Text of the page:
If we do go again we’d need to count on 8 hours I think and not 6 to check in.  Having a better idea of the trail route would help with a second attempt too.  We spent a fair amount of time trying to find or stay on the trail.

We were both pretty tired after but had a great bottle of wine and a skirt steak with quinoa back at the hotel.

Wine & Oysters

I promised Paul I would reconcile the bank account today, but since I’m feeling about a zillion times better than I have in days, I decided to get some photos uploaded.

If you haven’t been to the Tomales Bay Oyster Company, I highly recommend it.  We went up on a drizzly Thursday afternoon earlier this month and had the place to ourselves!

Based on reviews and after talking to the guy running the place, it sounds like you can expect to see large crowds of people on weekends – go early, go hungry, have fun.


Low tide…





Drank a lot of wine…

ate a lot of oysters, clams, mussels…










Millie & Jazzi









Ila’s smile says it all…






Ingrid & Amber








BBQ’d oyster with Noelle’s sauce














We opened a lot of wine…

I shucked a bag of 50 small oysters and a handful of the larger ones…

Noelle grilled the rest of the large oysters…

Paul steamed a batch of clams and mussels…

The sourdough baguette, salami and cheeses were mostly un-touched.  (mostly)

Being able to share the day off with friends made it memorable.


Quick Getaway

I was able to take a little time off from the day job last week.  We were also caught up in the vineyards and winery so had a few free days.  We gave Jaye a few days off and she was able to go visit family in southern California.  Millie stayed close to home but we also gave her a few days off as well.

Stefania and I headed down to Monterey for the Easter weekend.  It’s been a favorite getaway for us over the years.  We were lucky in having clear beautiful days.  It was chilly with highs just in the 50’s but the sun was out the entire time.  We brought down our bikes to get around in.  What a great idea.  I’ve been going to Monterey for 25 years and never brought bikes before.  Friday we rode them from downtown to the gates of 17 mile drive.

We stopped for lunch at the Cannery Row Brewing Company, which has become a favorite spot of mine.  There’s a little hidden out door sitting area with fire pits that we love.  One of the great things we about having the bikes is that it’s about a 25 minute walk from the Cannery/Aquarium area to the Downtown/Wharf area.  On bikes it’s 5 minutes and a bike trail connects the two.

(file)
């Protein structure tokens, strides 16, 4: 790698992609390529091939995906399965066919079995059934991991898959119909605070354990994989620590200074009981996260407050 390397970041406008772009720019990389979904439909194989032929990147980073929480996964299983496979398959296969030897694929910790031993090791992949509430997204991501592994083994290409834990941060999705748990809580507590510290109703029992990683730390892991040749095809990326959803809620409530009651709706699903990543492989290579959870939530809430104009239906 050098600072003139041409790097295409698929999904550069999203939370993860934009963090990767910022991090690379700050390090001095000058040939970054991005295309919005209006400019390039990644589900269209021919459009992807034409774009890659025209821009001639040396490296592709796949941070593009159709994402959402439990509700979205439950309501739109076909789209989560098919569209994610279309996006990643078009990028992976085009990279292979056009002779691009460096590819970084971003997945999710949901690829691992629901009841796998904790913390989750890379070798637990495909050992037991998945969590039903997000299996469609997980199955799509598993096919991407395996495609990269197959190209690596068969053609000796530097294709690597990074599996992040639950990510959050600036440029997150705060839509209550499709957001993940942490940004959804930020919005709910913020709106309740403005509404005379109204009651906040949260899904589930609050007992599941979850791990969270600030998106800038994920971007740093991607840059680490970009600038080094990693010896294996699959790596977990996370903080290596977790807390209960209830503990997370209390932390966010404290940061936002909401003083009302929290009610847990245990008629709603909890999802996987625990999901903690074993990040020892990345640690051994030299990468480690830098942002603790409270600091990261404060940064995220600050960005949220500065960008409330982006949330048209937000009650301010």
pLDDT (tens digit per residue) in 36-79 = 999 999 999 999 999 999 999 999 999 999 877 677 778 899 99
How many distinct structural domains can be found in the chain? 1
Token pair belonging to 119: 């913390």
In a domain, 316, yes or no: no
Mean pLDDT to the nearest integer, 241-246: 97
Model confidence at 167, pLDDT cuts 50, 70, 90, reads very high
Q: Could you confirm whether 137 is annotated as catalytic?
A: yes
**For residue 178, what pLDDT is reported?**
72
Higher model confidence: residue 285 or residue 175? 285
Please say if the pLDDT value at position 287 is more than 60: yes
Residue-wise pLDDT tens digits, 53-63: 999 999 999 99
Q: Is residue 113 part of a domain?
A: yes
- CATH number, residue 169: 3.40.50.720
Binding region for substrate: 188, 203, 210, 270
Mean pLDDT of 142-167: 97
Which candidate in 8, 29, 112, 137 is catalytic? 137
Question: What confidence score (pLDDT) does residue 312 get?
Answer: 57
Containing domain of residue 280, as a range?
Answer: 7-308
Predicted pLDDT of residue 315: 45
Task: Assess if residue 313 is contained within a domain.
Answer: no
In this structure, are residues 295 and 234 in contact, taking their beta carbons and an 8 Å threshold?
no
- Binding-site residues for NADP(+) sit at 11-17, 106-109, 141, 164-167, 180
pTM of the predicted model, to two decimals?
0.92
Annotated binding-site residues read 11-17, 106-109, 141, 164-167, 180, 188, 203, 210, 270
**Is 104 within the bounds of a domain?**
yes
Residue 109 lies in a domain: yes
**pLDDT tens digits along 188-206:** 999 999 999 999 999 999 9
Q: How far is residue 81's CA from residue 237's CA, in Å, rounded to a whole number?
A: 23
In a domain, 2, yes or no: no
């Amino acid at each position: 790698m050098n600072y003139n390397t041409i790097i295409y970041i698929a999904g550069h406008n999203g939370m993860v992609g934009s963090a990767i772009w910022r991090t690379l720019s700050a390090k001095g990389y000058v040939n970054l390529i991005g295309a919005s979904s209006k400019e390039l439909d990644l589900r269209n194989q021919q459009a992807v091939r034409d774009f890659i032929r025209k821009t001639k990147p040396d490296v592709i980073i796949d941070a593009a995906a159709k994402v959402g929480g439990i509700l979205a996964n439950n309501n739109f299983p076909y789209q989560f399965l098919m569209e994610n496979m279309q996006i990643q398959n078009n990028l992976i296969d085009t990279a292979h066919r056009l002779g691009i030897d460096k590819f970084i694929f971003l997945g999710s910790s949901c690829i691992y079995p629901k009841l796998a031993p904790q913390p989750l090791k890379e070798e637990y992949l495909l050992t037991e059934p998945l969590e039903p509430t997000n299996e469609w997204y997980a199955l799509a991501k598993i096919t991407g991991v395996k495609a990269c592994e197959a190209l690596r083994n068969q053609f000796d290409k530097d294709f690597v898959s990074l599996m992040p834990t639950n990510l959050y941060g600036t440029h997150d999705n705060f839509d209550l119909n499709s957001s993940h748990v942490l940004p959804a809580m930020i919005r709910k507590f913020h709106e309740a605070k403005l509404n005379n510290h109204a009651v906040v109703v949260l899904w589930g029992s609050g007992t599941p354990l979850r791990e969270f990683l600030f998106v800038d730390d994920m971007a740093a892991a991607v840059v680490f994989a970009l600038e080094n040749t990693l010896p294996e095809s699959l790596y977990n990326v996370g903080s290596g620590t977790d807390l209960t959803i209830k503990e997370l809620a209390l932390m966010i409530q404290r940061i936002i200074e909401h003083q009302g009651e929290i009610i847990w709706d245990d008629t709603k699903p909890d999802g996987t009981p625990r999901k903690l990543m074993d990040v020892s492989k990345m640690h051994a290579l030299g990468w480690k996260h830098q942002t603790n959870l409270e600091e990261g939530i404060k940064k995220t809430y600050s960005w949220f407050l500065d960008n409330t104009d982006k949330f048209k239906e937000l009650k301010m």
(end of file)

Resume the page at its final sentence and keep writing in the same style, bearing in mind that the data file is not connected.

Friday night we went back for dinner, beer, bourbon and cigars.  Most of the weekend revolved around beer, bourbon and cigars.  We were joined at the fire pit by two Marine Corp Captains and an army Captain who were studying at the Naval Post Graduate school.  We had a great night exchanging vineyard and winery stories for stories of goats wearing sweaters (Pakistan) and Nissans up on bamboo polls (Liberia).

I only took one picture all weekend.  Here’s the bike on the balcony of our room at the Marriot.  That’s going to be my one piece of advice for anyone visiting Monterey.  Bring your bikes.

The Best Car Ever

Our little Toyota FJ Cruiser is a regular item in our blog postings. Pictures, especially of the time and temperature are featured in all kinds of posts.

We bought the car in February of 2007. It’s very first road trip was that May. We drove up to Oregon to visit a few Pinot Noir producers we liked. 2007 was our first year making Pinot Noir and we wanted to pick the brains of people who made it the way we liked it.

We’ve used the car to move barrels, one fits in the back perfectly. We also use it to move cases of wine. We can get in about 20 cases from the warehouse, or about 15 packages to go to UPS. It also hauls us to vineyard sites and can get up any road we throw at it no matter how rough.

It passed 91000 miles this month and the title showed up. It’s paid for. No major problems. The front end suspension needs a tune up that will run about $400 and we put new tires on it at 50,000 miles. Other than that it’s been regular maintenance. It still gets just about 19-20 miles to the gallon on gas.

The topper is I went to check Blue Book value on the car after a friend mentioned how much he saw used cars FJ’s selling for. I was blown away. With our miles and condition the retail is $19,200. I paid $23,500 for it new. We’re not planning on selling it anytime soon though. It’s been a great car and a key part of making Stefania Wine go.